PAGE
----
Can you really learn to play golf in seven days?
By Bernhard Krieger Jul 6, 2010, 12:42 GMT
Faro, Portugal - 'You'll never manage it!' Such discouraging comments from colleagues were ringing in our ears as we disembarked from the aircraft in Faro.
Well there we were, in Europe's golf paradise on the Algarve coast - an ideal location for an ambitious self-test project in southern Portugal, namely to see whether it is possible to learn how to play golf in just seven days.
The experts at the upmarket Robinson Club Quinta da Ria are convinced that the challenge can be met and to prove the point they quickly packed off myself and four fellow golf novices to Steffen Zunker. He runs a preparatory programme for newcomers to the game.
A seasoned tournament professional, Zunker is also passionate about the game. Turning raw recruits into golfers after just 15 hours of instruction is no big deal for the 36-year-old who boasts a success rate of 85 per cent.
Our first attempts at putting are frustrating. None of us is relaxed enough to adopt the right stance and Steffen shows us how to grip the club properly. The secret is to hold the hands lightly on the club before addressing the ball squarely with a stroke akin to the measured movement of a clock pendulum.
The ball should whizz across the closely-clipped grass of the green with ease before rolling into the appropriate hole. At close quarters the procedure seems simple enough but from a distance the typical golf novice pales at the prospect.
Day two sees us putting with a degree of aplomb as the ball regularly finds the hole it is intended for. Shots from the sand also pose no problems and so it is time for the hard bit - how to learn to drive a golf ball like a pro.
Steffen shows us the ropes at the driving range and naturally his shots are accomplished and elegant. Some of our balls wobble along just a few metres and one novice fails to hit the ball at all. My swipes send the ball all over the place but nowhere near the hole.
Steffen encourages us, corrects our strokes and constantly checks whether we are holding the club correctly. The right grip is the name of the game when it comes to golf and behold, after only three days we have absorbed one of the principal rules of golf, namely that 'less is sometimes more.'
Golfers do not need great reserves of strength. The key to a successful golf drive is not power but a natural and accurate swing.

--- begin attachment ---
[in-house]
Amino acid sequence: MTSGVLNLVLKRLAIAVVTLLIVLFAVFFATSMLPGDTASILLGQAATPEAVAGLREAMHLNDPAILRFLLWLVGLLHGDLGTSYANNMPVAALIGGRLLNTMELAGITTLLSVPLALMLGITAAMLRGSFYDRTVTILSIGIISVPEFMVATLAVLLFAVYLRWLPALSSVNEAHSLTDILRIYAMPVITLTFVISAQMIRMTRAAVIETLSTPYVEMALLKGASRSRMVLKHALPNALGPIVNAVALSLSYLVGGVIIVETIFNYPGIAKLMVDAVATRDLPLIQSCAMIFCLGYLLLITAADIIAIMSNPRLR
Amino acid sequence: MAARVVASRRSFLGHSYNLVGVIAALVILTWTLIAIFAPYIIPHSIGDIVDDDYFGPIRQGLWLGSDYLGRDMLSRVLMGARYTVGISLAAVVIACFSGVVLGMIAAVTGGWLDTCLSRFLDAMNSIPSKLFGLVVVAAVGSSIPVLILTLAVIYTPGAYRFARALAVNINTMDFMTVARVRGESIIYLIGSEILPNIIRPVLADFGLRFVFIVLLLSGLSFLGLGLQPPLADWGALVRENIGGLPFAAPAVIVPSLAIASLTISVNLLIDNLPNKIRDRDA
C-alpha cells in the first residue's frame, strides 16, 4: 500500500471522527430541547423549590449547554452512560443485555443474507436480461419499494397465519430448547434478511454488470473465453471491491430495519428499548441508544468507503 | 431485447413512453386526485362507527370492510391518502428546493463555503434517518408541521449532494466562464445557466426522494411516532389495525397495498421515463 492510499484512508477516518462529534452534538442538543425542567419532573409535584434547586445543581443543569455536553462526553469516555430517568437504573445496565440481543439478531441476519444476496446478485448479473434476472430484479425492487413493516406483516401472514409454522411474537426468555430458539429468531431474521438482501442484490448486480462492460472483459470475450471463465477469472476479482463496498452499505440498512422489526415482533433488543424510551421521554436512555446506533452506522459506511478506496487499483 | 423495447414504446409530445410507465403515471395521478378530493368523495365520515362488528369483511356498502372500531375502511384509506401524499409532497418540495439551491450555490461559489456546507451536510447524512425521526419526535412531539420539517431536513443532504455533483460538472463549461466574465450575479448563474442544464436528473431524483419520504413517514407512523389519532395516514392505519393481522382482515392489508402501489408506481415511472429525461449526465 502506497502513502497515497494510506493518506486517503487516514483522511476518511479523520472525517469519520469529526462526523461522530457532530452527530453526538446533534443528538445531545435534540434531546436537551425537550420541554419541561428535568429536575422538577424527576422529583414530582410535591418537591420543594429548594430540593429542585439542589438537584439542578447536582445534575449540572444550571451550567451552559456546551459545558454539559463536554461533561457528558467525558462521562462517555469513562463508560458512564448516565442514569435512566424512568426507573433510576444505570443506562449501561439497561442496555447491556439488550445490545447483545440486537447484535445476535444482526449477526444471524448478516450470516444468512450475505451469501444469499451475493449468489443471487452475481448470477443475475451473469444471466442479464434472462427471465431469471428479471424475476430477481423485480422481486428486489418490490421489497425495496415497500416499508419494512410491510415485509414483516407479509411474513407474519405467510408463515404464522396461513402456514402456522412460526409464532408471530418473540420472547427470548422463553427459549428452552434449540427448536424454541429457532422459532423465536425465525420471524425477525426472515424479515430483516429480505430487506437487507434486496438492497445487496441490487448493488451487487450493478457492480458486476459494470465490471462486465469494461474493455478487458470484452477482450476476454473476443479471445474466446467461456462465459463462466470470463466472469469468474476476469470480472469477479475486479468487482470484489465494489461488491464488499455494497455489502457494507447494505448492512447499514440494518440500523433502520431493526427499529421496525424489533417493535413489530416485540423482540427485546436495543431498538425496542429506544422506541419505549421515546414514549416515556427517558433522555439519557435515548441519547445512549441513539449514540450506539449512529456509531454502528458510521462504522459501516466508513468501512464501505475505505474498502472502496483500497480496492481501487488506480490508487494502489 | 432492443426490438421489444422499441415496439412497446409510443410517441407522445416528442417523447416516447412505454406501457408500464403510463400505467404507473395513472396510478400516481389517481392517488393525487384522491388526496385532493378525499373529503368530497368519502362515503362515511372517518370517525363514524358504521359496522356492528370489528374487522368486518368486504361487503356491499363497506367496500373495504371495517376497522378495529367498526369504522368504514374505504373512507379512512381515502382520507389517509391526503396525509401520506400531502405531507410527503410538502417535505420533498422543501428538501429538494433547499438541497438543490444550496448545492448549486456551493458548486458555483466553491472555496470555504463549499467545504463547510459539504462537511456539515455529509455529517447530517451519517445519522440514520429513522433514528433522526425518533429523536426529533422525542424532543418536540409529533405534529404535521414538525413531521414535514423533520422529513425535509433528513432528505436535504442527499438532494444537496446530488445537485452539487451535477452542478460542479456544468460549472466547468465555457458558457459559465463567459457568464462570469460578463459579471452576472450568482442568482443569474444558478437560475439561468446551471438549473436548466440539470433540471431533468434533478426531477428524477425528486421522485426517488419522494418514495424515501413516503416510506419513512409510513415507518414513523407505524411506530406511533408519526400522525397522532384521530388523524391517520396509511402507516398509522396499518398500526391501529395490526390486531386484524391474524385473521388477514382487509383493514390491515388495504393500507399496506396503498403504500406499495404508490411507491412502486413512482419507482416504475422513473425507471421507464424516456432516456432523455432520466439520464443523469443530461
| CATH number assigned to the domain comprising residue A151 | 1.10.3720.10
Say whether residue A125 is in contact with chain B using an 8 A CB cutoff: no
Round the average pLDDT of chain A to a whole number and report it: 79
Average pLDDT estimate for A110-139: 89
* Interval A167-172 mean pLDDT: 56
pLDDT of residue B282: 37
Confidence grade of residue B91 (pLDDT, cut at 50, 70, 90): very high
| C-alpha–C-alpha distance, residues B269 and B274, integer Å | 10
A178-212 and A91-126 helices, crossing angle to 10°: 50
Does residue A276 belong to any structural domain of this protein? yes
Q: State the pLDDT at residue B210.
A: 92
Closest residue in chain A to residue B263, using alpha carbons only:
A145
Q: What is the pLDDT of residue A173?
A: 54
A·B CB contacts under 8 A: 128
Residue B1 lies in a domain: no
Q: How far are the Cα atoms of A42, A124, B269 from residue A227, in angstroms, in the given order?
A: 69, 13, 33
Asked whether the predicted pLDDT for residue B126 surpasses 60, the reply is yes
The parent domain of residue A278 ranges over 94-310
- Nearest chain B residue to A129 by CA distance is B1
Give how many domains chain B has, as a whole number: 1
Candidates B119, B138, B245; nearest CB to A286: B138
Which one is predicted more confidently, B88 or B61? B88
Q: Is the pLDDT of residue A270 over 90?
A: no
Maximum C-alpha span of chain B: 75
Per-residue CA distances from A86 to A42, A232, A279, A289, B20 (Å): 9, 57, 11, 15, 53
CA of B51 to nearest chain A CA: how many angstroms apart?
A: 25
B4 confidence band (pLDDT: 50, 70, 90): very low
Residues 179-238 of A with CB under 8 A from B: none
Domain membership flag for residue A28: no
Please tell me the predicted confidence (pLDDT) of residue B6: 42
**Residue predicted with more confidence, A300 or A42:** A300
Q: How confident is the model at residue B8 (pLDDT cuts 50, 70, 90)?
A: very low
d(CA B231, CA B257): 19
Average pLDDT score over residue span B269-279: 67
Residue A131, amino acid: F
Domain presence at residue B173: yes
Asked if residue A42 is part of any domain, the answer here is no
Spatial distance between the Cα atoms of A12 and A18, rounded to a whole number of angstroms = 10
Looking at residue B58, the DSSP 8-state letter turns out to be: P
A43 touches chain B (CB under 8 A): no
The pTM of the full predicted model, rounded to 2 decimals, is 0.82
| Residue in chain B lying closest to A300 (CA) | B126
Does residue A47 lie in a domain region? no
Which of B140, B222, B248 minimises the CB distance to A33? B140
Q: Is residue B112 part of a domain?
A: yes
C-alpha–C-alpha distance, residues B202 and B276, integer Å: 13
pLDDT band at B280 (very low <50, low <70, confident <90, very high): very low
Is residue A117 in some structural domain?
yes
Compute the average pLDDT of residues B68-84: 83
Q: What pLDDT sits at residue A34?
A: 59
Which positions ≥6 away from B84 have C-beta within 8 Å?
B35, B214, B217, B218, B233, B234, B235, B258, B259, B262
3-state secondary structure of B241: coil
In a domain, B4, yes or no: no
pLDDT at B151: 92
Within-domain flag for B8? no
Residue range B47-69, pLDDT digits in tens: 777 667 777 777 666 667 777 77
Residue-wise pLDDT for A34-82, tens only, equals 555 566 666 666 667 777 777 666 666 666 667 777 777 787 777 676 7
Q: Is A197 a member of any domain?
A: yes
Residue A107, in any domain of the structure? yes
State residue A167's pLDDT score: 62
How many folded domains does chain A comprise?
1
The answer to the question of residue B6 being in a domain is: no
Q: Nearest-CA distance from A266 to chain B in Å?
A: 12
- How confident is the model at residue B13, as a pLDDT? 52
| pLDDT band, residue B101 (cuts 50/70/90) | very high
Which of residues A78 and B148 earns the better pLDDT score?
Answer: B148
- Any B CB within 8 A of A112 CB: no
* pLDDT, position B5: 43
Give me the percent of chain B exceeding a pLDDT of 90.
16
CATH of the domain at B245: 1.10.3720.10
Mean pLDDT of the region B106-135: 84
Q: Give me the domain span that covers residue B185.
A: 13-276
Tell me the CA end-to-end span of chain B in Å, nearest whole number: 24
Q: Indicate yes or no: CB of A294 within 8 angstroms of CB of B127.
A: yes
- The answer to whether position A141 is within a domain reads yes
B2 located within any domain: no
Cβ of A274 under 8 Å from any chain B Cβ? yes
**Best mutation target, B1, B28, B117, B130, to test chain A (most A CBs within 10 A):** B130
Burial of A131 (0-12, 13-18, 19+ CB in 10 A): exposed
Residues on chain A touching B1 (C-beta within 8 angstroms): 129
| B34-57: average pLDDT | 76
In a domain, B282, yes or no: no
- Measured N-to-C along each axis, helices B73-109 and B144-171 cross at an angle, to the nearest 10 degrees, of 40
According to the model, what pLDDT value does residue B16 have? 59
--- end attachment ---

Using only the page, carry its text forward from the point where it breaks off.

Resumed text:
'I would say that 95 per cent of all drives in golf are bad shots which turn out good,' said Steffen. Not even professionals achieve perfection, said the expert. After three days of practising we can feel aches in muscles we did not know we even had and the first blisters are showing on our hands.
Fortunately, the view across the golf course compensates for our trials and tribulations. Giant palms fronds wave gently in a wind which also shakes the centuries-old olive trees. The tower of a church can be seen behind the undulating, green-clad hills and beyond that the shimmering waters of the Atlantic Ocean.
In order to play in such delightful surroundings we are happy to sacrifice our holiday in the name of golf and our level of concentration rises by the hour.
The practice greens see us getting a little better all the time although out on the range all the skills we have acquired seem to evaporate and the balls run wide. 'A golf course is only 10 centimetres across - from one ear to the other,' said Steffen, smiling.
Courses combining a holiday and learning golf skills are becoming popular since golf is a mental game and while on vacation players can enjoy a relaxed learning atmosphere conducive to making swift progress.
Golf is no longer a sport for the well-off only and instruction holidays for beginners complete with a high-quality set of golf clubs and bag start at around 550 dollars. The equipment is fine for playing on any public golf courses but a novice needs to have reached a certain standard before he or she can enter the realm of regular club golf.